The Supply of Medicines to Sports Teams

The Supply of Medicines to Sports Teams

The Supply of Medicines to Sports Teams

Recent headlines in the media highlighting perceived deficiencies in record keeping regarding the supply of medicines in professional sport would suggest that it would be an appropriate time to review procedures around the supply of medicines in the Club environment.

The Human Medicines Regulations came into force in August 2012 replacing much of the Medicines Act 1968 and they set out a comprehensive regime for the authorisation of medicinal products for human use; for the manufacture, import, distribution, sale and supply of those products.

The effects of the new legislation on the private supply of drugs to team doctors are as follows:

Firstly, the regulations regarding the supply by pharmacies has changed to stipulate that a pharmacy which is privately supplying prescription only drugs to a doctor must obtain a Wholesale Dealers License, unless: “the supply takes place on an occasional basis, the quantity of medicines supplied is small, the supply is made on a not for profit basis, and the supply is not for onward wholesale distribution.” If you are currently obtaining drugs from a pharmacy, check they have a Wholesale Dealer’s License.

Secondly, obtaining drugs from Wholesale Dealers would be the more common route used by Club Doctors in the UK, and while the legislation hasn’t made any significant amendments in this area the recent clarification by the MHRA has shone a light on what might be considered as some of the important areas of concern in the recent DCMS report Combatting Doping in Sport.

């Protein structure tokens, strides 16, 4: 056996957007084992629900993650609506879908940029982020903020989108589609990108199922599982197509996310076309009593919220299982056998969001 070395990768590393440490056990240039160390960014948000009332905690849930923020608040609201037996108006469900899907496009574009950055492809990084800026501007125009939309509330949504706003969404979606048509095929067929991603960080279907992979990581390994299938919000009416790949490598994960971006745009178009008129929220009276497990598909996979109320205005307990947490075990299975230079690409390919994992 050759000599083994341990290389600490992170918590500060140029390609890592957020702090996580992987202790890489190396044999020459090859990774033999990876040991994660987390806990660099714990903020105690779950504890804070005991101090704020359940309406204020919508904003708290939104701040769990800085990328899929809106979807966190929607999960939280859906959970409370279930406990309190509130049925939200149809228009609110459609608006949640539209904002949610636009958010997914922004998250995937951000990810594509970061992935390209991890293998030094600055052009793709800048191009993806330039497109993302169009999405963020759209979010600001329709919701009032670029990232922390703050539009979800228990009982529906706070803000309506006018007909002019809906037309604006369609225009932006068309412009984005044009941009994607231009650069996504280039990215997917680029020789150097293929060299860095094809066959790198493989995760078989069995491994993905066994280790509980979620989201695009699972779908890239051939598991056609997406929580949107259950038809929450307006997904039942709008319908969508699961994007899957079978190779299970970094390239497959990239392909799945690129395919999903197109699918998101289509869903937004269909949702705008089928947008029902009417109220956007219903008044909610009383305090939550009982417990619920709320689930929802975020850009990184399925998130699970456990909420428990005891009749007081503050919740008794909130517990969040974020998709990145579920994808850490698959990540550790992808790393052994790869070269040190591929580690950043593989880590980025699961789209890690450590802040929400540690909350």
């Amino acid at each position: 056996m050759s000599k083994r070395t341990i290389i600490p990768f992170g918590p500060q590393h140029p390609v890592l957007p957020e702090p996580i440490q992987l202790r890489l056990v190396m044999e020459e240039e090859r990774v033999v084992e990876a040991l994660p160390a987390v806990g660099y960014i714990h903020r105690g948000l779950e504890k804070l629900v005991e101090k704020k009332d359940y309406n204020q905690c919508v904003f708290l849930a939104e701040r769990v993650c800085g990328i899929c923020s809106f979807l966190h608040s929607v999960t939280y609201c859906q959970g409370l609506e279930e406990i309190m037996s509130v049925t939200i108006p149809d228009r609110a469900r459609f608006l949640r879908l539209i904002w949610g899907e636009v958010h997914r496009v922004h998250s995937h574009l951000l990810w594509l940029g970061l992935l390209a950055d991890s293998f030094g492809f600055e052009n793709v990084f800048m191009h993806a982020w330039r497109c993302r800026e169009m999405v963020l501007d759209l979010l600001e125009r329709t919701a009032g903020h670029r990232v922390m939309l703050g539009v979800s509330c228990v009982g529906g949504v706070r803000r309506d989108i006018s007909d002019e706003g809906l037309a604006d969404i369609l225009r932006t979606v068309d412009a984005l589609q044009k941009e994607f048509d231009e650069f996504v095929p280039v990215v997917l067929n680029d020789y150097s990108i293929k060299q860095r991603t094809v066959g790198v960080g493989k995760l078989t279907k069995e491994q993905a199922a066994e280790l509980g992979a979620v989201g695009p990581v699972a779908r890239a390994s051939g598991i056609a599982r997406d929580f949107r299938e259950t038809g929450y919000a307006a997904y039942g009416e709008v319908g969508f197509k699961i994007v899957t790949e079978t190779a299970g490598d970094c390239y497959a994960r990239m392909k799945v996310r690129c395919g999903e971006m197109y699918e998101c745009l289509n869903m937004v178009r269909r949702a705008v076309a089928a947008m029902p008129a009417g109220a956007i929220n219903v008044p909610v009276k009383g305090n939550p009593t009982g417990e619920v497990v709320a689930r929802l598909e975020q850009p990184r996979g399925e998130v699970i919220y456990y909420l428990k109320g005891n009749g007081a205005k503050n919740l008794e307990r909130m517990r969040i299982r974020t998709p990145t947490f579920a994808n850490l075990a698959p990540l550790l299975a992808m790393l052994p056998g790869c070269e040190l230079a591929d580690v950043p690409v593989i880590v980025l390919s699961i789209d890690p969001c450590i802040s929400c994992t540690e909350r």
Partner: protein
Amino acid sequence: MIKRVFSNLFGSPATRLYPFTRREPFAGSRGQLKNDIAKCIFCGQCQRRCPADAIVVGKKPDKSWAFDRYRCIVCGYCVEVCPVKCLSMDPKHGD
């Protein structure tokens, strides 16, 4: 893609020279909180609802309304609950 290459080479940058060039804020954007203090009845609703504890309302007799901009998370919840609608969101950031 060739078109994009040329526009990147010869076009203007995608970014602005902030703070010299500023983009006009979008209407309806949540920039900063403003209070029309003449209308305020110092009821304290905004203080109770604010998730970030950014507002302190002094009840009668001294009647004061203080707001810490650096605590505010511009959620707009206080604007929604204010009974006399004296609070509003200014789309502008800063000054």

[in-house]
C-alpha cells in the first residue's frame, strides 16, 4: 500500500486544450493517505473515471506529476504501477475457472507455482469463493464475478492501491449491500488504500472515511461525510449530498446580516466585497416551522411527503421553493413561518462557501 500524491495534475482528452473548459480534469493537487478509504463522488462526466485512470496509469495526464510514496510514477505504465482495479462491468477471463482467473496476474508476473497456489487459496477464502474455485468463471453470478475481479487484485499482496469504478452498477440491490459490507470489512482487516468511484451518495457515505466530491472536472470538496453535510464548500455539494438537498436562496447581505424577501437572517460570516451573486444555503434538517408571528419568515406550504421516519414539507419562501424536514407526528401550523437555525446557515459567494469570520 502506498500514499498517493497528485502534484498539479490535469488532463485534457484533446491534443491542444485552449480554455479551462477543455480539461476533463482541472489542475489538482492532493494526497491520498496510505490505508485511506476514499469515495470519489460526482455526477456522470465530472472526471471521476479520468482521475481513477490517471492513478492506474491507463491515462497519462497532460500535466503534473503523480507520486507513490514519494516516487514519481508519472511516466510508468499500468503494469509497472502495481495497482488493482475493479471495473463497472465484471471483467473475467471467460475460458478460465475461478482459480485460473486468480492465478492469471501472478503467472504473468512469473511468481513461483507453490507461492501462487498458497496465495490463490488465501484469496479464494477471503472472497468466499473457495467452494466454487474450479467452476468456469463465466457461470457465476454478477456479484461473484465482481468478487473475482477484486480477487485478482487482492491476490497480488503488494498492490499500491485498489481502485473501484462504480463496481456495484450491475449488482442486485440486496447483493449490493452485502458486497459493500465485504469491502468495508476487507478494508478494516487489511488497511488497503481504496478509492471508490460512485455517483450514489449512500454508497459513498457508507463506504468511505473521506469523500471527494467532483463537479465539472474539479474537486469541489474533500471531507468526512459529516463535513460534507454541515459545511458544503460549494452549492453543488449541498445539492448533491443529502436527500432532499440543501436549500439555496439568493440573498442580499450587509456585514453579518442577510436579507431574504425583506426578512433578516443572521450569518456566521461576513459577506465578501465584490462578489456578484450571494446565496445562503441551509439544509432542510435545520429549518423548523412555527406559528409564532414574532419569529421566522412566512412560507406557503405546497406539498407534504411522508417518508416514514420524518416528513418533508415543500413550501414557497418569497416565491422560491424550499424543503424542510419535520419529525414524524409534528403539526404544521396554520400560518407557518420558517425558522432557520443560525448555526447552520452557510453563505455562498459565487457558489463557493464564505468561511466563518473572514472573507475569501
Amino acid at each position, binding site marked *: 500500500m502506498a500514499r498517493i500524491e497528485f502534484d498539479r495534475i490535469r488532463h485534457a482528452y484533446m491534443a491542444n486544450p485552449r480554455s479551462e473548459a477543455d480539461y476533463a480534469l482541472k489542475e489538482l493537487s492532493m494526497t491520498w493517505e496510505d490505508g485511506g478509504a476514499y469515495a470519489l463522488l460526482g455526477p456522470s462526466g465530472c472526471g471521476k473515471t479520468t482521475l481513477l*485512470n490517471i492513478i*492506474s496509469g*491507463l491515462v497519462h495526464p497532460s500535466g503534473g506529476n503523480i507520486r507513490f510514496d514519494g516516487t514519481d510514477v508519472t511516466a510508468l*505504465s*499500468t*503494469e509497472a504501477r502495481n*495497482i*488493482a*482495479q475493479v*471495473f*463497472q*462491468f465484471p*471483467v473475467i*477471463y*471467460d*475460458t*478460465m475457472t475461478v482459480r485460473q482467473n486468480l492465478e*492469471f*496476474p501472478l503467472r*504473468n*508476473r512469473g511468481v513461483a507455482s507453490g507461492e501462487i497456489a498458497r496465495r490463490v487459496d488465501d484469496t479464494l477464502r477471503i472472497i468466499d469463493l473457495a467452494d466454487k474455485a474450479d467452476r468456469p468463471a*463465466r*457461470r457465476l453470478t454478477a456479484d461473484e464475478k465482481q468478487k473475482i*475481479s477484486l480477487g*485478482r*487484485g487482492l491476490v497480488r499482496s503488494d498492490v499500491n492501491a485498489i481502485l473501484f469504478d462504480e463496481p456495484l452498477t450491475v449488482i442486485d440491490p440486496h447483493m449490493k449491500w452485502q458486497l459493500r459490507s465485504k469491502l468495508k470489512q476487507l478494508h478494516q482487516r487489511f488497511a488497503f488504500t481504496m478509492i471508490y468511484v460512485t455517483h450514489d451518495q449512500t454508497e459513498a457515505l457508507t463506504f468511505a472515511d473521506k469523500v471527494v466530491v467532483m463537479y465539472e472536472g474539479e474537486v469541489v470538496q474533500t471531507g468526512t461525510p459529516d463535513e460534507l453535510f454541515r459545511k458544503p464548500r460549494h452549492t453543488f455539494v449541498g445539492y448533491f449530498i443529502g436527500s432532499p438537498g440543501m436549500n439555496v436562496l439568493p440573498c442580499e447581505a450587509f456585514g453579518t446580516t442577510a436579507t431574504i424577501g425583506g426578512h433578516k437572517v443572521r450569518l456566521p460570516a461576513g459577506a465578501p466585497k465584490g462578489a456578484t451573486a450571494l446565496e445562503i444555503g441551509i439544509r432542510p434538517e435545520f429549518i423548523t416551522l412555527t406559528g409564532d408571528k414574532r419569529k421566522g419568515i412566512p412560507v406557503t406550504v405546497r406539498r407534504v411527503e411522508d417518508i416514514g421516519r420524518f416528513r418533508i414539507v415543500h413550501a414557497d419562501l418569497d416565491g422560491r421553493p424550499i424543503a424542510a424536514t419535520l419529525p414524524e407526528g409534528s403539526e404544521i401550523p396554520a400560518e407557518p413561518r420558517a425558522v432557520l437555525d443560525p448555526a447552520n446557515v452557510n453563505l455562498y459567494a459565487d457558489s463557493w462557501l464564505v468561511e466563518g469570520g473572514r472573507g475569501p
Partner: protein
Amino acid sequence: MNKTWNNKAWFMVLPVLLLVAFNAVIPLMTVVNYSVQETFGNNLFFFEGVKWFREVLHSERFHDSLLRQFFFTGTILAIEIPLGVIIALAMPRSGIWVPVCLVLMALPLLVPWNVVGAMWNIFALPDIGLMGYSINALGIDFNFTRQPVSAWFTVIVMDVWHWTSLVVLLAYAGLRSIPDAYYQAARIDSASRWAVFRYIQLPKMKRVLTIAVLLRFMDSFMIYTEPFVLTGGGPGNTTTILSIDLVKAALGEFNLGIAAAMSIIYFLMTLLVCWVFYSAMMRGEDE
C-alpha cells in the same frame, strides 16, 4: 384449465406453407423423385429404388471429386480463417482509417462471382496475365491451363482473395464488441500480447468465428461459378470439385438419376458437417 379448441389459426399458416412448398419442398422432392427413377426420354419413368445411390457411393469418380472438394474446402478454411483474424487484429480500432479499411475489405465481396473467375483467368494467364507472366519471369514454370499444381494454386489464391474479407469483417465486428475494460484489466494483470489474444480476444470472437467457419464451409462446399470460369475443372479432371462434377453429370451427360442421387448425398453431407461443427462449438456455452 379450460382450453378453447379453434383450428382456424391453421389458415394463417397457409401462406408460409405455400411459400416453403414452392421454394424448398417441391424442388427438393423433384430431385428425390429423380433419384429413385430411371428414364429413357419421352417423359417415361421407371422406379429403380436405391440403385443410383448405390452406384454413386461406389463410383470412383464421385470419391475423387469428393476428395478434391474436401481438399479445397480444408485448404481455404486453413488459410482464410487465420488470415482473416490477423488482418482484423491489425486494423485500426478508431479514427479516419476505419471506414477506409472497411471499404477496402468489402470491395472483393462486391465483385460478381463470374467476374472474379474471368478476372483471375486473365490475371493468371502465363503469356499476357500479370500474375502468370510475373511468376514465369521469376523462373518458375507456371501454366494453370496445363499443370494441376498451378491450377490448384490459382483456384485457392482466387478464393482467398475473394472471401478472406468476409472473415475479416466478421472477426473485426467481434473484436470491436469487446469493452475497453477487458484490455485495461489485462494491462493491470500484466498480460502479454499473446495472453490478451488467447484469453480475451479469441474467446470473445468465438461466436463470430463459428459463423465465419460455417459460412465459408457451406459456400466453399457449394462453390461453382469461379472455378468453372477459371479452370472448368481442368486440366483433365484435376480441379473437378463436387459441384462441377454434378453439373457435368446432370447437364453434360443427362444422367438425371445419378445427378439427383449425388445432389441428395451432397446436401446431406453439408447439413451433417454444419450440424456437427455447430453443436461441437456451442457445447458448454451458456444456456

“It is a legal requirement for wholesalers to verify that they are supplying to someone who is entitled to receive the medicines. Regulation 249 of the Human Medicines Regulations 2012 sets out that a wholesaler can only supply a prescription only medicine to a person who falls within a class specified in Schedule 22 of those Regulation. In the case of doctors, we have taken the approach that another health care professional can be authorised to place an order on the doctor’s behalf. However, for each supply the order needs to be signed by the doctor in question in order for the wholesaler to ensure that the supply is made to the doctor as required under the legislation.” Anne Ryan – MHRA Policy Division

It is my understanding through my experience of 20 years working as a pharmacist in the field of sports medicine that adherence to the MHRA’s statement of good practice has been not been universally adopted.

While the MHRA has a programme of inspections of Wholesale Dealers, historically they haven’t drilled down too deeply into the area of procedures around the supply of medicines to Team Doctors, potentially resulting in a laxity in addressing processes in this area.

Club medical departments must recognise that it is essential to have systems in place to ensure good governance with regards to obtaining, storing and supplying drugs to the athletes in their care, and for the protection of their professional integrity.

Roni Lennon Bsc

Lead Pharmacist at Vivomed

For Doctors working in sport and wish to order their prescription on medications (POM’s) and all other medical consumables via Vivomed’s secure online portal WebMeds, please sign up here:

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